Off the lead he is completely different — he bolts and will not stay close.

He understands the turn whistle, but is not quick to obey it. Can you help?

Paul Rawlings
It appears that sufficient close mutual trust has not been developed during his early training.

He is being obedient on the lead because he has no other option, not because he wants to please you, his master.

Perhaps you do not reward him enough or motivate him to do the right things.

If that is the case, then when the lead is removed he just wants to escape from the unwelcome discipline associated with restraint.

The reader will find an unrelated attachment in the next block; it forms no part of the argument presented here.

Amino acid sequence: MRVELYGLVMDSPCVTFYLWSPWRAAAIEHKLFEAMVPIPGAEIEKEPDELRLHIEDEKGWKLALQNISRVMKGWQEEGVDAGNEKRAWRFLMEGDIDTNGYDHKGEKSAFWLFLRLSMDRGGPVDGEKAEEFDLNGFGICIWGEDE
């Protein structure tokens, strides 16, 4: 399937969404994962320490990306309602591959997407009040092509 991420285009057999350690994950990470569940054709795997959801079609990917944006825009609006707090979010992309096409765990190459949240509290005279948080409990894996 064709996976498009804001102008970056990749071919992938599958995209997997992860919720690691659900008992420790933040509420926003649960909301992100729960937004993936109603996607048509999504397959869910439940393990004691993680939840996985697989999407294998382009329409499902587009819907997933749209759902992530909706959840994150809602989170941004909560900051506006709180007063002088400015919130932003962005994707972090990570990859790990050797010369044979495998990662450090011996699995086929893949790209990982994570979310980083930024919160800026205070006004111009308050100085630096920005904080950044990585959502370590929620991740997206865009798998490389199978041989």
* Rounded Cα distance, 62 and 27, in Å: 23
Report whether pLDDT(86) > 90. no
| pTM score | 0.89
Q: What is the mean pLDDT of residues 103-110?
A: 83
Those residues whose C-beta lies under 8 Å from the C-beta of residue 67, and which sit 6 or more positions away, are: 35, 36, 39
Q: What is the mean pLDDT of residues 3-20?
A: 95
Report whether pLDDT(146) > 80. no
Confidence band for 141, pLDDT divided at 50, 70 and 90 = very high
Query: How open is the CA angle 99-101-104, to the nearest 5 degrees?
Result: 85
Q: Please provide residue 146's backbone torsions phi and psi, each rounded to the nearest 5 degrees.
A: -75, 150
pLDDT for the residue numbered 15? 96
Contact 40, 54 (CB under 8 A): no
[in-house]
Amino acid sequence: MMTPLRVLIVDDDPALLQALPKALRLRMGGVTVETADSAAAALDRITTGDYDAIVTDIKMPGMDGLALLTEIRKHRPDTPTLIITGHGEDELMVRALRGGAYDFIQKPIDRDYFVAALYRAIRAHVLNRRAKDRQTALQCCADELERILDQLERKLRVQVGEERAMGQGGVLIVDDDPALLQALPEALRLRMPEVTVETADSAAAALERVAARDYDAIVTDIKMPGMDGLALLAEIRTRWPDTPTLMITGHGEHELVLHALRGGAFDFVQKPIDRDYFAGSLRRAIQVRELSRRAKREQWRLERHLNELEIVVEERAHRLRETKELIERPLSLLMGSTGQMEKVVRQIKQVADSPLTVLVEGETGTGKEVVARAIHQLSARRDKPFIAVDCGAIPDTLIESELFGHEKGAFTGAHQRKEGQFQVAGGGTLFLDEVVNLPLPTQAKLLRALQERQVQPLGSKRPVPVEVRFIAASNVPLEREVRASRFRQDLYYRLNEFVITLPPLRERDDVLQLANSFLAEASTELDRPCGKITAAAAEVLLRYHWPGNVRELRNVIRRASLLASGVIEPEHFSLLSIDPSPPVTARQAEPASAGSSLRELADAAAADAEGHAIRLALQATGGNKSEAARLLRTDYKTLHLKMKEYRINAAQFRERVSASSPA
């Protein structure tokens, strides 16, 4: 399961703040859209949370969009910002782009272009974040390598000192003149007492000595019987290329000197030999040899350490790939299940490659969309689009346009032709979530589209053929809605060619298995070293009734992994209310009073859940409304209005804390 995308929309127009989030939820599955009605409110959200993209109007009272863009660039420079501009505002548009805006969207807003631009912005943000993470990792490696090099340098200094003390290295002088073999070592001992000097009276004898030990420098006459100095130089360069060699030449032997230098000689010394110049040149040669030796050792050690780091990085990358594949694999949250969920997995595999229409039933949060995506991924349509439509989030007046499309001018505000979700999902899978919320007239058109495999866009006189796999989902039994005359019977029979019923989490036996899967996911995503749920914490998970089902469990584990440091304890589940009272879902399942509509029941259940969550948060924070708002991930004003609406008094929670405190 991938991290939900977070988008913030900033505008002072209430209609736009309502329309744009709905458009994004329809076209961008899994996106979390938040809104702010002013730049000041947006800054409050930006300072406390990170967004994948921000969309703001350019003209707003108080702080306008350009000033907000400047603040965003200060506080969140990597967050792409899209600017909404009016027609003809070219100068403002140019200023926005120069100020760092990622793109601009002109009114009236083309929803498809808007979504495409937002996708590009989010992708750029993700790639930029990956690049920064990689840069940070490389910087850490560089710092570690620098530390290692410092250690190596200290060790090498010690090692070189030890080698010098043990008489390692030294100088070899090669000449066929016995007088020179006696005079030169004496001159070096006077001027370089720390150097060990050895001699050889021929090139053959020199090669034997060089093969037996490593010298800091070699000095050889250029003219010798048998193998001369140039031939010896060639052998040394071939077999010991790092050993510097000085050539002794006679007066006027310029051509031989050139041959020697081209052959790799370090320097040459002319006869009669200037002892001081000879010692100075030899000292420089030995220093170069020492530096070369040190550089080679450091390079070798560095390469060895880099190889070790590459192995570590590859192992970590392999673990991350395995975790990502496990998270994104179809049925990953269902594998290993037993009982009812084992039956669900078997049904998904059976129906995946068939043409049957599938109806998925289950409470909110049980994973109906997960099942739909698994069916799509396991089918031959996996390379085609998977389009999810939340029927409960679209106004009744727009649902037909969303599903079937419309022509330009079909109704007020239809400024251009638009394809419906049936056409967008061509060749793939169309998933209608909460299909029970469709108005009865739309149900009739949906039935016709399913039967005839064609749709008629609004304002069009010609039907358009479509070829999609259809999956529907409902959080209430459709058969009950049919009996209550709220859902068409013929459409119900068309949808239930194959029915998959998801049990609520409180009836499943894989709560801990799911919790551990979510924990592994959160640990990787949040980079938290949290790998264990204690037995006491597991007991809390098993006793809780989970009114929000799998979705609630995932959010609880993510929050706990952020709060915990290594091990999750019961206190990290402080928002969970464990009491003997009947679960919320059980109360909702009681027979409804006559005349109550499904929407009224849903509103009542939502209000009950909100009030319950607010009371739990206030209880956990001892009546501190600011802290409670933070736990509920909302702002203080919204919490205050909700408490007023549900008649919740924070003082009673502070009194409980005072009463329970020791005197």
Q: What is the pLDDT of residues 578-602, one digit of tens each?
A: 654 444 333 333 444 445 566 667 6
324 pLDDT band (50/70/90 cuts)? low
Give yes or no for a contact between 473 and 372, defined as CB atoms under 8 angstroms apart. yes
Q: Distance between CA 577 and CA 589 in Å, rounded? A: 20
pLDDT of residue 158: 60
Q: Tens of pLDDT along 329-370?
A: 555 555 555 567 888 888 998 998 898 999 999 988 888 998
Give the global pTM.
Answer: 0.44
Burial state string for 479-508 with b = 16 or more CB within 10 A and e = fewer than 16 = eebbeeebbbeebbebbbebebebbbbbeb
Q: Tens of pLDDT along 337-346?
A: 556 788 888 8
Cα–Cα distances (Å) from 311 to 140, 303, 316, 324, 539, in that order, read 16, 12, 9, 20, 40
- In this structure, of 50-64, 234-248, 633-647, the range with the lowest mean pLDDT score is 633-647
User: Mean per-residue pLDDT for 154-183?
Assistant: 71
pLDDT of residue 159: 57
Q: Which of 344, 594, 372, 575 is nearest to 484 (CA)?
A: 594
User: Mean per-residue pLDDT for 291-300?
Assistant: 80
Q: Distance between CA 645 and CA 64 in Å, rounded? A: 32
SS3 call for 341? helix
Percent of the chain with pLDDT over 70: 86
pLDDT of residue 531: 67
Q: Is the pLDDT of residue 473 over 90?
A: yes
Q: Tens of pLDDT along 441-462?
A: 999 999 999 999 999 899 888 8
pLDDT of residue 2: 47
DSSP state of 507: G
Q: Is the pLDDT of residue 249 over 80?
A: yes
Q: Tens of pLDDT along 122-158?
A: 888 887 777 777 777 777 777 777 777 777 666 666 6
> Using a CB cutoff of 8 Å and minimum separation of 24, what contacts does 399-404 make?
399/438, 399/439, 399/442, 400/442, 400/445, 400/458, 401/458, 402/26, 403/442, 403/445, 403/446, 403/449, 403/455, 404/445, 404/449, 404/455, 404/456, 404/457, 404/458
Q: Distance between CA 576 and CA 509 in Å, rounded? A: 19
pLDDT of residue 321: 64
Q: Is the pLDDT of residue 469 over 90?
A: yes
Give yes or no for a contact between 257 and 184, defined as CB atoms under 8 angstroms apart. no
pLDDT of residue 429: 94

If he will not stay close willingly, you have no control to be able to enforce compliance with any commands, such as the turn whistle.

I have retrained dogs that have developed this problem, and I use an environment where the dog can be off the unwelcome lead but not escape, namely a narrow exercise run (about 10ft wide and 60ft long).

I allow the dog freedom to do as it likes and offer no control at all.

I completely ignore the dog when it is away from me, but if it comes near I give praise at once, and stop if it looks away.

If it comes in close it gets a tasty treat as well, and then it is ignored again.

After two or three weeks, the dog will have its eyes fixed on me, pleading for some more attention.

I can now introduce simple controls, such as no reward until it sits and looks at me.

Once trust has been restored, obedience using positive motivational methods can continue.